Chief Medical Officer for Wales statement on retaining the existing Health Protection restrictions aligned to Alert Level Four in Wales.
I have reviewed the proposal to retain the existing Health Protection restrictions aligned to Alert Level Four in Wales and I support this position.
Improvements in community rates of transmission have been seen in the last three weeks but the position remains unstable and COVID-19 continues to circulate in all areas of Wales. Testing rates are lower which may reflect the falling infection in the community but may also have been impacted by severe weather conditions; storms, flooding and snow over the last weeks. The potential for the new UK variant of concern, which is 70% more transmissible, and now seen in all regions of Wales, to further destabilise the position remains unclear. The impact on the NHS is still serious as hospital admissions with COVID-19, whilst falling, are relatively elevated and ITU cases high but potentially stabilising.
We saw in November/December how quickly rates decreased with the firebreak and then increased with relaxation so taking this cautious approach is advisable. The minor changes proposed: to allow support bubbles to reform if necessary and individuals to meet with one other person from a separate household to exercise outdoors, are unlikely to negate our efforts to prevent community transmission and offer immediate benefits for mental health and physical wellbeing as lockdown continues. Both of these can also be done in the safest way possible. We know that the chances of infection are reduced outdoors, but they are not unheard of, so it is important to keep social distancing and avoid face to face interaction. Ensuring that there is a 10 day gap between finishing and reforming a new support bubble will minimise the risks of infection.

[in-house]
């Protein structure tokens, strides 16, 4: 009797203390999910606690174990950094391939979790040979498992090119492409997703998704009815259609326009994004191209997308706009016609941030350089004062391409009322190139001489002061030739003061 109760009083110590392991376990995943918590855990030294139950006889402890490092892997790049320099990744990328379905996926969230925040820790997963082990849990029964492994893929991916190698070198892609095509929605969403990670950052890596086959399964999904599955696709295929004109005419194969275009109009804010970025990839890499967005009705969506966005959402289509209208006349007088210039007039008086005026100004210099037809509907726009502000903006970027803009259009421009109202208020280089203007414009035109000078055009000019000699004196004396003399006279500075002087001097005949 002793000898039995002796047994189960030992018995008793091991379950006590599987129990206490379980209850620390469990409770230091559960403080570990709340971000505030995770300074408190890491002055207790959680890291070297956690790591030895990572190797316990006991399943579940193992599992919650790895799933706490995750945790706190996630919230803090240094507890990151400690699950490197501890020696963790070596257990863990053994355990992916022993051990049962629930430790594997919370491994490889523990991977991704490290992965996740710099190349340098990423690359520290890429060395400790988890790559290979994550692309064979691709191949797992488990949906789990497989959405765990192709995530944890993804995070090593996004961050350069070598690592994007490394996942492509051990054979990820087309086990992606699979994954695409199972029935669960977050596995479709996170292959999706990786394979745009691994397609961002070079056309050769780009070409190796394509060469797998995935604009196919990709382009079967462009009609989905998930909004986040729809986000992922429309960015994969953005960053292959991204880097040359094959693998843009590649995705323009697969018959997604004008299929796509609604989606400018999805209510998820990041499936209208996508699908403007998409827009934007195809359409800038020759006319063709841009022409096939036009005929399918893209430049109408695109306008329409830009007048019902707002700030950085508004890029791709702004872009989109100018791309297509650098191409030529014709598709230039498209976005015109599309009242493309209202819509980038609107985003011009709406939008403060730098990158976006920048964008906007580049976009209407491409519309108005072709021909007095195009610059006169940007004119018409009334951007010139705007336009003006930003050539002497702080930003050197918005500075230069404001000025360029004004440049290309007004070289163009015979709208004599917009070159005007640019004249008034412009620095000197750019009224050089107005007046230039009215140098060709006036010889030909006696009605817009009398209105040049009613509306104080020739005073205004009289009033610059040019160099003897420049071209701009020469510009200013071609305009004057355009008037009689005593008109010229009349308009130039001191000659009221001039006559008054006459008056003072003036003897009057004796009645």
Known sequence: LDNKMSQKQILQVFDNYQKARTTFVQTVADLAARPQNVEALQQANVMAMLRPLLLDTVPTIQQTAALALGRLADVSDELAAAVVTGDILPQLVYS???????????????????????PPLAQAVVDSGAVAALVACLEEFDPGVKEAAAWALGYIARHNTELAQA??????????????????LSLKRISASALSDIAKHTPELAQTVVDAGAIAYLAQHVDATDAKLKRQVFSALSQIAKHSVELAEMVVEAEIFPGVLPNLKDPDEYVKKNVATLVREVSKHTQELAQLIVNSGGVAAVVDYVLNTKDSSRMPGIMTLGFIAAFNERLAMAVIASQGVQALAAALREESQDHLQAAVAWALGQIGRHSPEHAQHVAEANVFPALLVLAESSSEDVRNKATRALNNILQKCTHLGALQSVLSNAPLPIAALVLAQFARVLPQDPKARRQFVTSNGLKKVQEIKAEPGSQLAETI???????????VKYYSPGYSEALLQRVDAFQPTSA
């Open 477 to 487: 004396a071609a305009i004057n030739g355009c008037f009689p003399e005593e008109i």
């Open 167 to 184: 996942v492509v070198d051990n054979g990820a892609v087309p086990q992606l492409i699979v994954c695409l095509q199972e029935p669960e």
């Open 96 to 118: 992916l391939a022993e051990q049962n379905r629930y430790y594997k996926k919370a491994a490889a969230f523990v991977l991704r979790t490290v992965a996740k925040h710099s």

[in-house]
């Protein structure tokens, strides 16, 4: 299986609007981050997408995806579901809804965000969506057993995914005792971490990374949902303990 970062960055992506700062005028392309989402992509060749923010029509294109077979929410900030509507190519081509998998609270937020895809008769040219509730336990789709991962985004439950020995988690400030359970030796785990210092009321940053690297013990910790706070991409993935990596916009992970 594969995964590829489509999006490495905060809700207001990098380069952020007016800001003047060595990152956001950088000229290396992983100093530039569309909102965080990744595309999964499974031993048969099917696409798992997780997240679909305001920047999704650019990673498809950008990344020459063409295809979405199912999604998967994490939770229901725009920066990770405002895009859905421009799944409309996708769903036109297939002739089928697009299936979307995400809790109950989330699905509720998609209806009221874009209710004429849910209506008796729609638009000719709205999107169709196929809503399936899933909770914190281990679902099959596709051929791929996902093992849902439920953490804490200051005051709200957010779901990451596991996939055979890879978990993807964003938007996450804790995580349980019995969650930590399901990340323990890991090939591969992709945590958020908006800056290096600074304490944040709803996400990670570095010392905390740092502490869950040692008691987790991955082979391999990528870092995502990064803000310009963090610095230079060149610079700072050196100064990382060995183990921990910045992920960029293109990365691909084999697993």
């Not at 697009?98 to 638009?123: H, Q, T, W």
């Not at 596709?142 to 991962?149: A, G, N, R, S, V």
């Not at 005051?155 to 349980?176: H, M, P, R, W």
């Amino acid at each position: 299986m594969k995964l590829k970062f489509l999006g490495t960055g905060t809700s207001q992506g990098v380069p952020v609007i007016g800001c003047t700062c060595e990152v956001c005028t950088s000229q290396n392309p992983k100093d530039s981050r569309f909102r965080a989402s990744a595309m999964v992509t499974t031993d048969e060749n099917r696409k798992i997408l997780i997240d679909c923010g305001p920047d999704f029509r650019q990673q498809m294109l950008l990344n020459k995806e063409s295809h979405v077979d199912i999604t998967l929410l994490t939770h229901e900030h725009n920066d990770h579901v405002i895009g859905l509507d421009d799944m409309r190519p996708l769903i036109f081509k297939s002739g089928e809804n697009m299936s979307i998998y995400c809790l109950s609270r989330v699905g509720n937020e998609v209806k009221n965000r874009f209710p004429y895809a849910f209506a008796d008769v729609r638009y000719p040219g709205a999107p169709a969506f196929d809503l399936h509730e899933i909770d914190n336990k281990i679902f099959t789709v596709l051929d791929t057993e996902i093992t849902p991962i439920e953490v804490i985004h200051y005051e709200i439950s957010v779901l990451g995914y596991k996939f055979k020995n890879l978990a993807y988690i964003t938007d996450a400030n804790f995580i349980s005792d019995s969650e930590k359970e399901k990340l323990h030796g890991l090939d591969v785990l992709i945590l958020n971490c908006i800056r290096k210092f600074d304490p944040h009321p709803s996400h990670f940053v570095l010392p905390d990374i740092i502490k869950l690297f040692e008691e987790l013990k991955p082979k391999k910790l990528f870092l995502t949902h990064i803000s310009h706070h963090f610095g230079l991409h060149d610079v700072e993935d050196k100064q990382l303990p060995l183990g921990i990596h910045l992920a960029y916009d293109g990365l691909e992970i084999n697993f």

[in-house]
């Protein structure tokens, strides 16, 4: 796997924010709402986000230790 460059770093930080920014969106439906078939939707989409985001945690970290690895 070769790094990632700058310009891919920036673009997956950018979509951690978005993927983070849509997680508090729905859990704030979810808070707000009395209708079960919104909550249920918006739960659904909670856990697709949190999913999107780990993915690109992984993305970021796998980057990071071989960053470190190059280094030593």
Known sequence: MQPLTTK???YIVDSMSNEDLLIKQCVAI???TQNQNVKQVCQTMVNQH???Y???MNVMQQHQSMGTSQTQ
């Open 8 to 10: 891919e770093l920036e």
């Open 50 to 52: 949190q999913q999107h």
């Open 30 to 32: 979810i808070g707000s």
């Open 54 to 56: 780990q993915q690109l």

Over 310,000 doses of vaccine have been delivered in Wales at significant pace so these efforts are to be congratulated to all concerned, however no vaccine will ever be 100% effective. The core group being vaccinated first are those who are most at risk of death and severe morbidity but are not those who are experiencing the highest rates of new cases; who are people of working age, so we must all continue to behave as if no one has had the vaccine yet . Our high rates of coronavirus in the community and the dominant strain being the highly-infectious Kent strain mean there is an on-going risk of the virus being transmitted from person to person. Staying home is still the best course of action being taken by the majority of people in Wales and thinking ‘hands, face and space’ if you need to go out, will help to keep everyone safe.
Dr Frank Atherton
Chief Medical Officer
28 January 2021